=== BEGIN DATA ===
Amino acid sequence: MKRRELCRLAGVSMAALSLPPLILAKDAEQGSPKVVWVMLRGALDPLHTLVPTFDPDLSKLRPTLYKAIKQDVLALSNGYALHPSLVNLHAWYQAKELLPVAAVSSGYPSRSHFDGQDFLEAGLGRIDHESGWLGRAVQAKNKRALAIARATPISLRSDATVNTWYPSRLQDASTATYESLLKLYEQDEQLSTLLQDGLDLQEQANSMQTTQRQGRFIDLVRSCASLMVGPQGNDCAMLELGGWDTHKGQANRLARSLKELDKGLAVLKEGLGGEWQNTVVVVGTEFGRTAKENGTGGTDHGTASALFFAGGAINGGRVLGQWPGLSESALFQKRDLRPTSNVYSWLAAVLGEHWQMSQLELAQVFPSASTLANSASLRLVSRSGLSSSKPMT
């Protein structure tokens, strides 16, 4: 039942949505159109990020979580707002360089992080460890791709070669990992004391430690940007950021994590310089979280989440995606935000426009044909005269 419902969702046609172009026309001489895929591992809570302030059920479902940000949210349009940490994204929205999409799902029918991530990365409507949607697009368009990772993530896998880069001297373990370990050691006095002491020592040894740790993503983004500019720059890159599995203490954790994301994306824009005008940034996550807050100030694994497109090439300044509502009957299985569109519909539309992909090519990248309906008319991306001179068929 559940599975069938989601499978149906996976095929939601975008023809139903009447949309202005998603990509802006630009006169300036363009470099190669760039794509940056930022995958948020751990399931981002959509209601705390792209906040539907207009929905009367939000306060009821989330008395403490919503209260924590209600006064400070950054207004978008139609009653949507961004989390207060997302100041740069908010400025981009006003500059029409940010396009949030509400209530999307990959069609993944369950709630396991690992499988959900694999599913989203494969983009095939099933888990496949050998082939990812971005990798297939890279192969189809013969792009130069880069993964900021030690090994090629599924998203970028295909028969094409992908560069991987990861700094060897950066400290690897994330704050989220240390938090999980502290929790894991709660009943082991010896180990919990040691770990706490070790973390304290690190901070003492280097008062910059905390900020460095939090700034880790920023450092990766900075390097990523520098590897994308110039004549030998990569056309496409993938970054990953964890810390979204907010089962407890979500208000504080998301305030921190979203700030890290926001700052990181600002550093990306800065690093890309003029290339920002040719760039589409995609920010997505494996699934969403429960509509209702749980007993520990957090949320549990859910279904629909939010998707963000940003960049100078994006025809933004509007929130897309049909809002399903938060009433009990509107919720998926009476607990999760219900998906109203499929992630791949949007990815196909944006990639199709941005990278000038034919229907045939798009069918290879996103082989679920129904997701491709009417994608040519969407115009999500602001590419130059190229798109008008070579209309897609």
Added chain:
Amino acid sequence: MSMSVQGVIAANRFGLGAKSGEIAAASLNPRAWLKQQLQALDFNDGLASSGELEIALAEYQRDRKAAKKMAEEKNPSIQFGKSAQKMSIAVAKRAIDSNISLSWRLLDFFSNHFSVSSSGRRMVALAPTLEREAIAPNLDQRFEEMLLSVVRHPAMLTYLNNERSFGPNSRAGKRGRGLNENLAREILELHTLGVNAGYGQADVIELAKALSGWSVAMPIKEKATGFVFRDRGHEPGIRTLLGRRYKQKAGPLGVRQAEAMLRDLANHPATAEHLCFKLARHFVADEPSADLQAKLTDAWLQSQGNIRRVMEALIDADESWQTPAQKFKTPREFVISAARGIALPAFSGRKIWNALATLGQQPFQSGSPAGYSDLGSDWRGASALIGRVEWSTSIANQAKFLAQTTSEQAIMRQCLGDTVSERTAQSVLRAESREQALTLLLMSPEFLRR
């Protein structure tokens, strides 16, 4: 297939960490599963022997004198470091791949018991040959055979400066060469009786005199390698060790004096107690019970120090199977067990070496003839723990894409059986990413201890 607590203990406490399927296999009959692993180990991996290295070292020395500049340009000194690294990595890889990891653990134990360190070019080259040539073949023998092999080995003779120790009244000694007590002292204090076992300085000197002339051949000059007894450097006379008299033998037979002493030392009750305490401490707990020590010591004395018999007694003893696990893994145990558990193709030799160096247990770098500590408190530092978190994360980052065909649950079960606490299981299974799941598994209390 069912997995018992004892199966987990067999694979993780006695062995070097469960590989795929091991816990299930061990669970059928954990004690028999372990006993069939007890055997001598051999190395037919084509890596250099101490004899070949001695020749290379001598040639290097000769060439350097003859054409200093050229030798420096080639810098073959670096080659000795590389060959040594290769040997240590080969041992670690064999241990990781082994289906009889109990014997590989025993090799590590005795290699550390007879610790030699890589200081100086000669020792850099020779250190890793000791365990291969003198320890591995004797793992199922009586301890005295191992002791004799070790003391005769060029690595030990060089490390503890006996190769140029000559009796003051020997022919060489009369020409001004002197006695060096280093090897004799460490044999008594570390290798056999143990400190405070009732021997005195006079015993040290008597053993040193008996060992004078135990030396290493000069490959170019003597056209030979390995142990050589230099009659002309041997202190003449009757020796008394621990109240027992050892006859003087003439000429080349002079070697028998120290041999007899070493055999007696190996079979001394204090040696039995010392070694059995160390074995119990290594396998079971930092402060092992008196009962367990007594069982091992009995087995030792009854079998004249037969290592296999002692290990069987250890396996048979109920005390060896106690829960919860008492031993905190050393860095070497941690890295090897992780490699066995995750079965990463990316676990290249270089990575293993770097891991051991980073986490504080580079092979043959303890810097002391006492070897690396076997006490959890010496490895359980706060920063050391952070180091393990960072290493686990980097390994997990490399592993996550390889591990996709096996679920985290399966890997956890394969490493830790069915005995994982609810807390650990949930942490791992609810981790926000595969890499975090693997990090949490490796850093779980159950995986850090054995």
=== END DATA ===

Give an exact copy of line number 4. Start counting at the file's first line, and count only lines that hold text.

Amino acid sequence: MSMSVQGVIAANRFGLGAKSGEIAAASLNPRAWLKQQLQALDFNDGLASSGELEIALAEYQRDRKAAKKMAEEKNPSIQFGKSAQKMSIAVAKRAIDSNISLSWRLLDFFSNHFSVSSSGRRMVALAPTLEREAIAPNLDQRFEEMLLSVVRHPAMLTYLNNERSFGPNSRAGKRGRGLNENLAREILELHTLGVNAGYGQADVIELAKALSGWSVAMPIKEKATGFVFRDRGHEPGIRTLLGRRYKQKAGPLGVRQAEAMLRDLANHPATAEHLCFKLARHFVADEPSADLQAKLTDAWLQSQGNIRRVMEALIDADESWQTPAQKFKTPREFVISAARGIALPAFSGRKIWNALATLGQQPFQSGSPAGYSDLGSDWRGASALIGRVEWSTSIANQAKFLAQTTSEQAIMRQCLGDTVSERTAQSVLRAESREQALTLLLMSPEFLRR